Here are Jim Cramer's top thoughts on some of the biggest stories of the week.
Jim Cramer: Food Stocks Are Going Hungry
Is it that miserable General Mills (GIS) quarter and a recognition that there are actually some double-digit decline categories for food like yogurt and single-digit for cereal?
Whatever it is, the magic of the food portion of the consumer-products stocks seems to be gone and the next level of these stocks seems dramatically lower.
You could say it all started with the Amazon gambit, but I wonder if it didn't start with the Kraft-Heinz (KHC) -Unilever (UL) bid, the bid too far where at last we saw there was one left to buy that was consensual and that left the companies to sink or swim on organic growth, and there isn't a lot of it out there.
Plus, with the Fed seemingly endorsing higher rates, there really isn't much to be said about a 2.7% yield other than it doesn't stop a selloff (using the generic yield out there).
This is an amazing moment because ever since the Great Recession, something always saved this group, whether it be takeovers or raw-cost declines or the ever-rising dividends.
But the streak has seemed to run out. What's the investment case for Conagra (CAG) , which has restructured and restructured to no avail? Why own Hershey (HSY) if it said no to Mondelez (MDLZ) , pretty much at any price? Why own Mondelez if, even after all of the restructuring, there's no love?
And why own Kraft-Heinz when there aren't that many costs left to take out and there's negative growth and no one left to buy?
You have to wonder where Procter & Gamble (PG) would be without Nelson Peltz fighting the good fight?
How about lower? Maybe much lower?
This is a defining moment. Most people seem to be focused on Apple (AAPL) and its derivatives being shelled.
I can only thank Matt Horween, my writing partner, for pointing out this incredible, accelerating trend. (Apple is part of TheStreet's Action Alerts PLUS portfolio.)
For the moment, I just don't see how it can be stopped.More From Jim Cramer
Action Alerts PLUS, which Cramer co-manages as a charitable trust, is long AAPL.
Originally published Sept. 22 at 4:15 p.m. EDT.
Jim Cramer: European Pressure on China Could Change the North Korea Story
You put the pressure on Europe. That's how you change the dynamic in North Korea.
The markets are hostage to Rocket Man because of the increasingly bellicose -- increasingly crazy, bellicose -- language out of North Korea.
But I think in the last few weeks, something positive may have happened here that nobody's talking about. The Europeans, who are no longer in our camp on pretty much anything except outright terrorism since President Trump was elected, recognize the danger North Korea is now propelling the entire world toward. And the Japanese -- a nation that is far more respected in Europe than we are -- are certainly looking for help beyond our borders to protect themselves.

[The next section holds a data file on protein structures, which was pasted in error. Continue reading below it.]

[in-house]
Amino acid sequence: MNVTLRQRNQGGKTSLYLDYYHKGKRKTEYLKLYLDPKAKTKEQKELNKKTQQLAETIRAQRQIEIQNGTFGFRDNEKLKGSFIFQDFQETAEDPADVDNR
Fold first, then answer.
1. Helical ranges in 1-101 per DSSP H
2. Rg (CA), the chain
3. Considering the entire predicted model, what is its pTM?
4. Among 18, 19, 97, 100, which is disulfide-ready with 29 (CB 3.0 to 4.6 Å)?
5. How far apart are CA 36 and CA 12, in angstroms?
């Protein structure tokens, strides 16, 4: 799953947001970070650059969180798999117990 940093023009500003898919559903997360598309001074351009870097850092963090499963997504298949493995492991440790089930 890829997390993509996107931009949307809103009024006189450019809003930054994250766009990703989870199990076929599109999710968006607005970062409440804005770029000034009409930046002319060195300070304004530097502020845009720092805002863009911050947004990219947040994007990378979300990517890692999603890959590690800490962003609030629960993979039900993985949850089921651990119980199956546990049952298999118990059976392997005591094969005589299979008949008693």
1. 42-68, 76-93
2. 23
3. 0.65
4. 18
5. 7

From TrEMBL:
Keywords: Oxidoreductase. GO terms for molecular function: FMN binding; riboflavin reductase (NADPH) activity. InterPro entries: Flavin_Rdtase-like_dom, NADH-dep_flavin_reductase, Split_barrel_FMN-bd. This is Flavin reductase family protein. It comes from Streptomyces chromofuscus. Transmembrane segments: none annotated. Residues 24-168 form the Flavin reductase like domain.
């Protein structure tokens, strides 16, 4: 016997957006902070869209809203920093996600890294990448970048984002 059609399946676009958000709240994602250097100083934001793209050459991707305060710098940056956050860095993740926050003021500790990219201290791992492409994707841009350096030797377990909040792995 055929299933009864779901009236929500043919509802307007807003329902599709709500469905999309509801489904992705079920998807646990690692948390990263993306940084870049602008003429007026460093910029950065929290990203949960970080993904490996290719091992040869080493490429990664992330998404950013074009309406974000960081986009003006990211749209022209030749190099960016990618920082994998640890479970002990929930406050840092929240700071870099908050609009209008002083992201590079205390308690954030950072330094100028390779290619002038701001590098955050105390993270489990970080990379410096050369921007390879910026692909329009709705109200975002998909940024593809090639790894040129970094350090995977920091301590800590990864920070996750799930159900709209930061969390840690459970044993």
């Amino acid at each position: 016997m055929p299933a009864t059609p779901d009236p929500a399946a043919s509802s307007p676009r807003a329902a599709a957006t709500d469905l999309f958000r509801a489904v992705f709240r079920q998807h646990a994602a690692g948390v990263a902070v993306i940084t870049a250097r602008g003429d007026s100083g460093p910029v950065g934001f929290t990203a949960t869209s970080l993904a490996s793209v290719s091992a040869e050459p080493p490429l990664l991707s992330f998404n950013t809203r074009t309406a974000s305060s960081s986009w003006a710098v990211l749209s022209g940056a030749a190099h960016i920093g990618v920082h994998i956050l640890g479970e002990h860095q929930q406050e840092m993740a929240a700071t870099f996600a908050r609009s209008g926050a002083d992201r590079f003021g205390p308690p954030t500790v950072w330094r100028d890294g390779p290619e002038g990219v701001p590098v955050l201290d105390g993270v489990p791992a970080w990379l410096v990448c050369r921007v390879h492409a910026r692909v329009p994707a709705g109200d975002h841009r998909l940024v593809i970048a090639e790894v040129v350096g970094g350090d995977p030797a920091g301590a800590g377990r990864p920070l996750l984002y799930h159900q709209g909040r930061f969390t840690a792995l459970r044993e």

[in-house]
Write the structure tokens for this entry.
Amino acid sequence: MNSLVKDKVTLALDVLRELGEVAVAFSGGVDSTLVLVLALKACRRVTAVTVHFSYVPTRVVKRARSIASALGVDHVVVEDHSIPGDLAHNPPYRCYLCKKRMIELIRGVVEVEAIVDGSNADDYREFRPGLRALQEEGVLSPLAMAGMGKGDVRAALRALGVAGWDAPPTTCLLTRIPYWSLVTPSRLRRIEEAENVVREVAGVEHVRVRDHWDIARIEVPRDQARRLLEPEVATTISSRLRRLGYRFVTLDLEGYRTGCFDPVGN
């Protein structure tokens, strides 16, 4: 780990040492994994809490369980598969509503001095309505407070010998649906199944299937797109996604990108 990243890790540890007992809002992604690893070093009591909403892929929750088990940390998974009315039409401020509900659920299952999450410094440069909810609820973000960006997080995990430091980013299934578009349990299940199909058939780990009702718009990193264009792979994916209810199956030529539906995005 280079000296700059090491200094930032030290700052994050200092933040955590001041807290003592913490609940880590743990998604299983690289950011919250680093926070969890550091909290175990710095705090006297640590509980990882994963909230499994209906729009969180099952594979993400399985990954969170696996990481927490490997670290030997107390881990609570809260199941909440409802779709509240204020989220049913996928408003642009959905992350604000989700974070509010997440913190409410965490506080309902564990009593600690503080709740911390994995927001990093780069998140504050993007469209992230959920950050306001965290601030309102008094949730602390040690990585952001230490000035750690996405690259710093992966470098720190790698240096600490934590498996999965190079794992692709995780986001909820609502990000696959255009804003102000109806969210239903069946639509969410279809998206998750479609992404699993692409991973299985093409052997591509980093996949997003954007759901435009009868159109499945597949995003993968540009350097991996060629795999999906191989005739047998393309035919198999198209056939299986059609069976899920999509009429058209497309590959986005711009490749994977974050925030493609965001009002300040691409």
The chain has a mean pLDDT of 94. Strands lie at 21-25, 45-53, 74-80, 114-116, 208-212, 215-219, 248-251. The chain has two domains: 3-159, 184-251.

What could coalesce here is pressure from other countries besides us on China against North Korea. Take Europe: 25% of Chinese exports go to Europe. If the Europeans get involved enough to try to shut down Kim Jong Un, and actually make their displeasure known to the Chinese, then I think the Chinese will actually feel that they need to do something to stop this craziness.
Right now, the dialogue is always the same: "When will the Chinese help us shut down this crazy man?"
That's a ridiculously wrong read of the entire situation. The Chinese own this guy. The Chinese determine whether he lives or dies. The Chinese, in other words, can dispose of him and put someone less crazy in -- and everybody wins.
If you put enough economic pressure on China to break with Kim Jong Un and replace their puppet, they will. They are not wedded to him. And they can take him out a lot easier than we can.
The entire time I have been reading about this region, I am amazed that the press buys the line that the Chinese are our allies against him. The Chinese are our enemies with him. But enemies can disagree, and if China fears a decline in trade because of North Korea, then he will be gone.
That's becoming the endgame -- and it is a hopeful one versus the one that looks like it's about to happen: thermonuclear war.
(Read here for more of TheStreet's coverage on this topic by Sarge Guilfoyle.)More From Jim Cramer
Originally published Sept. 22 at 10:41 a.m. EDT.Jim Cramer fills his blog on RealMoney every day with his up-to-the-minute reactions to what's happening in the market and his legendary ahead-of-the-crowd ideas. This week he blogged on:
- How Hurricane Irma and Hurricane Harvey busted the algorithms.
- How, under the Trump administration, some deals are probably done deals.